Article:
Kobelco Stewart Bolling Inc., which manufactures industrial machinery, has been cited for 13 safety and health violations by the U.S. Department of Labor’s Occupational Safety and Health Administration.
Proposed penalties at the company’s Hudson facility total $139,000.
OSHA’s investigation was initiated following a worker complaint, and the investigation found repeat violations of machine guarding standards, which protect workers from lacerations, caught-in and amputation hazards.
“Failing to protect workers from dangerous machinery is among the most frequently cited OSHA violations and injuries involving machinery and equipment often result in death or permanent disability,” said Howard Eberts, OSHA’s area director in Cleveland. “Employers who are cited for repeat violations demonstrate a lack of commitment to employee safety and health.”
Three repeat violations were cited for: inadequate lockout/tagout procedures to protect workers who service or maintain machines from moving machinery parts, exposing workers to unguarded equipment and not labeling chemical containers. A repeat violation exists when an employer previously has been cited for the same or a similar violation of a standard, regulation, rule or order at any other facility in federal enforcement states within the last five years. The company was cited for similar violations in 2011.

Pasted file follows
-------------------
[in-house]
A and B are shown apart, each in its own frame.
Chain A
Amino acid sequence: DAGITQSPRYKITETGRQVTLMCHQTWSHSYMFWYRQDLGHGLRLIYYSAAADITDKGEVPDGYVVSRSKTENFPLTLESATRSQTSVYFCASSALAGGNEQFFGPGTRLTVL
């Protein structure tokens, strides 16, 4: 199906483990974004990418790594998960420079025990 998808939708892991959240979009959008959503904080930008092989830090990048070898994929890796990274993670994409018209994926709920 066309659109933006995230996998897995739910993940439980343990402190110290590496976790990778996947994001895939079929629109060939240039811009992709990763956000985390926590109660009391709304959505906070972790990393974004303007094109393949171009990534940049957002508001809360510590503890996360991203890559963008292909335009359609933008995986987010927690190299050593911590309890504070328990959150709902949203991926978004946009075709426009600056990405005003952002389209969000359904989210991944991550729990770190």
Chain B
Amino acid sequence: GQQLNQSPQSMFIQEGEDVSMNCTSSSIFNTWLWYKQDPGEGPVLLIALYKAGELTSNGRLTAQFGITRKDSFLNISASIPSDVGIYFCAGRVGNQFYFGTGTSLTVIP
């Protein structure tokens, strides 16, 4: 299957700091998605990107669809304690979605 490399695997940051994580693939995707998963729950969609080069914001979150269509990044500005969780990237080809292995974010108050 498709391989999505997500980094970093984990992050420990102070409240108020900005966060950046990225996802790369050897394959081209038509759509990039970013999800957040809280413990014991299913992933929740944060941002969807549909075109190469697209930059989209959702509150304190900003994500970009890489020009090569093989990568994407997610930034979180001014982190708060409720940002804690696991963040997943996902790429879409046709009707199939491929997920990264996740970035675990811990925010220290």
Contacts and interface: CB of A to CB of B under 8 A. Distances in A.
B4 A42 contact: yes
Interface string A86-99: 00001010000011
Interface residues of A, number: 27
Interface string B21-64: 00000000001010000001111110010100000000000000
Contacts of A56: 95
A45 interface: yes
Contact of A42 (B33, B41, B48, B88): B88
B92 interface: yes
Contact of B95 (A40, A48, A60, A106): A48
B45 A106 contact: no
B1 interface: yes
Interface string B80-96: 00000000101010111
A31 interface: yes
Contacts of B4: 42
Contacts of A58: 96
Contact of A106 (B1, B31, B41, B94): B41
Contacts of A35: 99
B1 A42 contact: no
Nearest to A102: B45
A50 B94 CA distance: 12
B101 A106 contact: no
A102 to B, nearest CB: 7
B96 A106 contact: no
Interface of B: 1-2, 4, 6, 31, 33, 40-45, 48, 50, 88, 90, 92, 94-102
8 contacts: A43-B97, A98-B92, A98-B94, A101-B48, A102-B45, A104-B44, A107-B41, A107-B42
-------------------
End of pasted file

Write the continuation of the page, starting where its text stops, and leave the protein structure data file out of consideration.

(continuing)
Six serious violations involved failing to review lockout/tagout devices annually, storing flammable liquids in an exit path, lack of fire extinguisher training, not identifying and providing the correct chemical resistant gloves to be worn, and failing to train workers on personal protective equipment. An OSHA violation is serious if death or serious physical harm can result from a hazard an employer knew or should have known exists.
Kobelco Stewart Bolling was also cited for four other-than-serious violations involving failing to certify and date the workplace hazard assessment, guard machinery, inspect cranes daily and maintain a chemical inventory list.
To view the current citations, click HERE.
The company has 15 business days from receipt of its citations and penalties to comply, request an informal conference with OSHA’s area director or contest the findings before the independent Occupational Safety & Health Review Commission.
To ask questions; obtain compliance assistance; file a complaint; or report workplace hospitalizations, fatalities or situations posing imminent danger to workers, the public should call OSHA’s toll-free hotline at 800-321-OSHA (6742) or the agency’s Cleveland office at 216-447-4194. Under the Occupational Safety and Health Act of 1970, employers are responsible for providing safe and healthful workplaces for their employees. OSHA’s role is to ensure these conditions for America’s working men and women by setting and enforcing standards, and providing training, education and assistance. For more information, visit www.osha.gov.